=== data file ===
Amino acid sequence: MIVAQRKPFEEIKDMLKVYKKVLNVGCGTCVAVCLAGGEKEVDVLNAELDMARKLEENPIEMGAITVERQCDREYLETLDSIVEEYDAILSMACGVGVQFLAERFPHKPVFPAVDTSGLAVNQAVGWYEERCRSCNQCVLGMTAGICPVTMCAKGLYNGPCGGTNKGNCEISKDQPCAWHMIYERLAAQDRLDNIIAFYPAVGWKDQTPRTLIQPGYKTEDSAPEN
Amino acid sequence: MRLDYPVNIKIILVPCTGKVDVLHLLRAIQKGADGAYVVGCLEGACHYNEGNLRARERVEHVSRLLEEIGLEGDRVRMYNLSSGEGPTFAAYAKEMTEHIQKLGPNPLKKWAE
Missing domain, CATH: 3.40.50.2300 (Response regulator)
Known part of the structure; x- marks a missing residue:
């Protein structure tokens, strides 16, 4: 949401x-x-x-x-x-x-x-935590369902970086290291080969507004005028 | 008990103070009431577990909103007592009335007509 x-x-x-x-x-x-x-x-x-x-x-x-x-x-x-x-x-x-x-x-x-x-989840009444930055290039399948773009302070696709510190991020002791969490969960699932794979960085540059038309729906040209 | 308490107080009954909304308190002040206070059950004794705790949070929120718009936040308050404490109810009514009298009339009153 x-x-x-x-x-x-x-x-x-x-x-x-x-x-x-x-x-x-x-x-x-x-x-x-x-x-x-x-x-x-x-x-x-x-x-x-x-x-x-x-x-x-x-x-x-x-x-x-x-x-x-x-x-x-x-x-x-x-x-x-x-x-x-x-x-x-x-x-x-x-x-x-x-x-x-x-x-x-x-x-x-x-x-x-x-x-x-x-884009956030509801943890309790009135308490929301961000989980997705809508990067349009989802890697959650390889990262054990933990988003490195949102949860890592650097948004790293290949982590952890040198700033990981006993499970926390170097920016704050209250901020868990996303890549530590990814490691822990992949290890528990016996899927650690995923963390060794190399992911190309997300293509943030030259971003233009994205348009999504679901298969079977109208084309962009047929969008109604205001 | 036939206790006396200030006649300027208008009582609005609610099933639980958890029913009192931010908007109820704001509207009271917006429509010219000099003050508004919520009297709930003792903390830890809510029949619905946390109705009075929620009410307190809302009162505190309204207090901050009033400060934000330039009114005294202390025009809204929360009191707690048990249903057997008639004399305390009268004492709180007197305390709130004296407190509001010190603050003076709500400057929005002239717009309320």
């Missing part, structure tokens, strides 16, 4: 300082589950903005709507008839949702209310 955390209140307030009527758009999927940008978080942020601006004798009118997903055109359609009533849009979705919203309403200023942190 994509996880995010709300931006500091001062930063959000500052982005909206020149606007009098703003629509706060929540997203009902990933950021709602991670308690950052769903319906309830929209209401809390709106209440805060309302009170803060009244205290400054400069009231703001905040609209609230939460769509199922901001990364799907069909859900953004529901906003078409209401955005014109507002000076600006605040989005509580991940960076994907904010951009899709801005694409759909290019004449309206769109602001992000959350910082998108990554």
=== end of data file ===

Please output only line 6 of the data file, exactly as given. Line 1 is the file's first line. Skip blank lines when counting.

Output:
């Missing part, structure tokens, strides 16, 4: 300082589950903005709507008839949702209310 955390209140307030009527758009999927940008978080942020601006004798009118997903055109359609009533849009979705919203309403200023942190 994509996880995010709300931006500091001062930063959000500052982005909206020149606007009098703003629509706060929540997203009902990933950021709602991670308690950052769903319906309830929209209401809390709106209440805060309302009170803060009244205290400054400069009231703001905040609209609230939460769509199922901001990364799907069909859900953004529901906003078409209401955005014109507002000076600006605040989005509580991940960076994907904010951009899709801005694409759909290019004449309206769109602001992000959350910082998108990554």